School meals campaigner Jamie Oliver has warned the Education Secretary, Michael Gove, he is endangering the health of millions of children.
The television chef is incensed over the Government's decision to exempt its flagship academies and free schools from minimum nutritional standards. He says academies have been able to install vending machines selling sweets, crisps and fizzy drinks – items banned in the rest of the service.
Mr Gove's decision stems from his philosophy of allowing free schools and academies to run their own affairs – free from bureaucratic interference. They are, for instance, also exempt from a rule insisting they employ fully qualified teachers.
However, Oliver, inset – in an interview with The Observer – said: "This mantra that we are not going to tell (academy) schools what to do just isn't good enough in the midst of the biggest obesity academic ever. The public health of five million children should not be left to luck or chance. I have got nothing against [Mr Gove] personally, but the health of millions of children could be affected by this one man. When there is a national obesity crisis unfolding around us, I honestly think he is playing with fire." The chef said he was "totally mystified" as to why academies are being allowed to determine what food should be on offer.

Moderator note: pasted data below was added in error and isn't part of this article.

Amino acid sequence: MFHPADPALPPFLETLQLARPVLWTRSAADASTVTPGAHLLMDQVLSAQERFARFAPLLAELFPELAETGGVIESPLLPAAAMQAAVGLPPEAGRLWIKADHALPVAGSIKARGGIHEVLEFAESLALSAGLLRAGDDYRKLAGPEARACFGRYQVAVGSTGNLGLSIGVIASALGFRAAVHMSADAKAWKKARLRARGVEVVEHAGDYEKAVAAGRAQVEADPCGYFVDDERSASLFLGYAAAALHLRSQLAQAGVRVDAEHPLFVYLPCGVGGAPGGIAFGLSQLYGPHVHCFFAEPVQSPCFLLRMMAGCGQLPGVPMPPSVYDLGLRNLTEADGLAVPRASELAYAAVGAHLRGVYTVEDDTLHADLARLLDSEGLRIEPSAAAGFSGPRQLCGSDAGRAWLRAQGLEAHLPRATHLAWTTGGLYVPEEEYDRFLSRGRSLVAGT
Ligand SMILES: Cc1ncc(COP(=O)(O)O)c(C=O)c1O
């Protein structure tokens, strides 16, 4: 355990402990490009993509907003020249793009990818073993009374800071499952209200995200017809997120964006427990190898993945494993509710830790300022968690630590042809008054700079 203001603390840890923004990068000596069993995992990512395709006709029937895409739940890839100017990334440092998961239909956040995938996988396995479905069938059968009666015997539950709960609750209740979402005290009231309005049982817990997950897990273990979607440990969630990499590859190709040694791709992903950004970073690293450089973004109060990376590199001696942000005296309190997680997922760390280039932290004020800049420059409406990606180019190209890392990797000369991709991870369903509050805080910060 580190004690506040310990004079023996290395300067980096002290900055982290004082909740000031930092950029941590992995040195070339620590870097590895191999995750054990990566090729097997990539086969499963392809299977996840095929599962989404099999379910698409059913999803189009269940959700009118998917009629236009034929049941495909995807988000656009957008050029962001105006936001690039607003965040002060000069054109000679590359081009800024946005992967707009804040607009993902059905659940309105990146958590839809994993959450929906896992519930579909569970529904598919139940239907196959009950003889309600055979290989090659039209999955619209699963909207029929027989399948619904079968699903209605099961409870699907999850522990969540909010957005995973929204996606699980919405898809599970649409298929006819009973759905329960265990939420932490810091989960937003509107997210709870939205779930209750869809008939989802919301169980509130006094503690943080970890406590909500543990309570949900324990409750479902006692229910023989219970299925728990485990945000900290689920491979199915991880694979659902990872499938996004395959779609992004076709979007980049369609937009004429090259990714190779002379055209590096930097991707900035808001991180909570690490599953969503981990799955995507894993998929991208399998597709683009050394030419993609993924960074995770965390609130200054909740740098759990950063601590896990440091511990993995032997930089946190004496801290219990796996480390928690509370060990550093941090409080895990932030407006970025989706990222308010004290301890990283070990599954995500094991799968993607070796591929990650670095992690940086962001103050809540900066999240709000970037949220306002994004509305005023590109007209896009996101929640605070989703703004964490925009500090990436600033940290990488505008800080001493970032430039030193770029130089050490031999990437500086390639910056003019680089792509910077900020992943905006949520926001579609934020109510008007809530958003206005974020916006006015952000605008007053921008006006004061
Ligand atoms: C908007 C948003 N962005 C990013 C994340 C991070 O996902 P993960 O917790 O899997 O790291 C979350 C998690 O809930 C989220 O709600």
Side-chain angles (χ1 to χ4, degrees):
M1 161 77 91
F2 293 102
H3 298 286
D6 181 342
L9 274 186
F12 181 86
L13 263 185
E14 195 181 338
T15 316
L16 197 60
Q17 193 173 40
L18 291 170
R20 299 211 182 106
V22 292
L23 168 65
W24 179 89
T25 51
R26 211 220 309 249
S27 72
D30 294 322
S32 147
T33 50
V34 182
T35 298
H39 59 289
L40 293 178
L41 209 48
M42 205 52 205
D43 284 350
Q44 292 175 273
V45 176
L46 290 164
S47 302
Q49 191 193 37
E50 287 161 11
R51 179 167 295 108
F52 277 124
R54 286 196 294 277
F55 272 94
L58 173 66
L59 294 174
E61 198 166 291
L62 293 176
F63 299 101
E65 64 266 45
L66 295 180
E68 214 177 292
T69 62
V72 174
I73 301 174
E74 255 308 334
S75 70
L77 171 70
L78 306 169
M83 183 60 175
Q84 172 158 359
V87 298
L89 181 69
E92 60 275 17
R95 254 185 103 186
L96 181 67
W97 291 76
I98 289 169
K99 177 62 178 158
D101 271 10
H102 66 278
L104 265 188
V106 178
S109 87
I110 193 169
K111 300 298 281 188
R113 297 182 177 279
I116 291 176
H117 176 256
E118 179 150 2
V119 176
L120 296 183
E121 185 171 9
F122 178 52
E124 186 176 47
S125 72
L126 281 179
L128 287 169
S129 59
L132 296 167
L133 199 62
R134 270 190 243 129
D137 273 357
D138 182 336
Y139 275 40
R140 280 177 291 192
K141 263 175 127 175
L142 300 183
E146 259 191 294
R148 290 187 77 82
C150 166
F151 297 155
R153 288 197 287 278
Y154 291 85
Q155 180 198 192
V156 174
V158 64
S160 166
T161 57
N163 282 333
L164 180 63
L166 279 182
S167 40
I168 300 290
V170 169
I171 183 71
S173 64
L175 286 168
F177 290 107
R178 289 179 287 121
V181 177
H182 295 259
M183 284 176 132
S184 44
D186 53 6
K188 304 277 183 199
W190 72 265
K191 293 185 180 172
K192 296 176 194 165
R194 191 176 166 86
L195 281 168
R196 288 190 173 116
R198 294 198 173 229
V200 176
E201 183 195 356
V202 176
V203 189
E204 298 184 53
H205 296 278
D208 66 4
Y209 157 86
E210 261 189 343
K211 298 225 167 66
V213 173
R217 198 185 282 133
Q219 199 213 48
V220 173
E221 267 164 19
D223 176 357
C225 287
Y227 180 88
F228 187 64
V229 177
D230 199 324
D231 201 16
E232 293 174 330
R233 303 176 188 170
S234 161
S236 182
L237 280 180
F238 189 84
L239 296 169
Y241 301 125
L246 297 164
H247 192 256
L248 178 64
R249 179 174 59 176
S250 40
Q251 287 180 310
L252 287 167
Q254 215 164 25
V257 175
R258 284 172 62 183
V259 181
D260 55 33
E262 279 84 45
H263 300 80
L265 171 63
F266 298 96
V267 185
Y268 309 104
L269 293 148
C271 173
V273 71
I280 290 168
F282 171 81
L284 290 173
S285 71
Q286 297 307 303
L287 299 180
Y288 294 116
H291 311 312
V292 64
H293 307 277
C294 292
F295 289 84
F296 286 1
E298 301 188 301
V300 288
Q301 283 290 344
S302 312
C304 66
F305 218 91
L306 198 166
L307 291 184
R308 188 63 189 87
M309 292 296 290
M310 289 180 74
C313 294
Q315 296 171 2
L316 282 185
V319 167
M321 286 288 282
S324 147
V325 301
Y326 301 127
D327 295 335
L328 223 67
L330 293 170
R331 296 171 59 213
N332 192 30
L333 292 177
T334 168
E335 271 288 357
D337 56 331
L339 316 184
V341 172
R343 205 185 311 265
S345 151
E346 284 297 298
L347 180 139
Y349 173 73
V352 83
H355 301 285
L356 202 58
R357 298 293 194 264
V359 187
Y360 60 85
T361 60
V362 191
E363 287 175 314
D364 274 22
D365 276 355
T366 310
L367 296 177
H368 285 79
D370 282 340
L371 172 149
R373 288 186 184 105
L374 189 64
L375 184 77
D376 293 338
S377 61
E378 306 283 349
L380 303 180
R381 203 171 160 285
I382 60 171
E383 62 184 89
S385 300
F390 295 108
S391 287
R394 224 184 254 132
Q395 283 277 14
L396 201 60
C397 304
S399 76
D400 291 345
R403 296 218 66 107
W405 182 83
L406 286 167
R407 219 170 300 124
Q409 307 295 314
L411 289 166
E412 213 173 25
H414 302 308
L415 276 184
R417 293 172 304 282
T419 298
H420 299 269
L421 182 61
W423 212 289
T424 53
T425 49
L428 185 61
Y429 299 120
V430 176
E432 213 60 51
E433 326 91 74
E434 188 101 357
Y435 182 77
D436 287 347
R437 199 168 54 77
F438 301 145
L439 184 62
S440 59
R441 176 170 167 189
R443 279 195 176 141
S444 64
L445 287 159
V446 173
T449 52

Oliver, who has recently taken his fight to improve school meals to America, said the national standards should apply to all schools and called for headteachers of academies to be given guidance on the type of food they should be serving.
New nutritional standards – limiting the number of times chips could be served at lunchtime in schools – came into force after Oliver's campaign through his Channel Four show, Jamie's School Dinners, to improve the quality of meals.
A Department for Education spokesman said: "There's been a lasting culture change in attitudes since Jamie's School Dinners. Heads know that failing to invest in good, nutritious food is a false economy and parents won't tolerate reconstituted turkey being put back on the menu."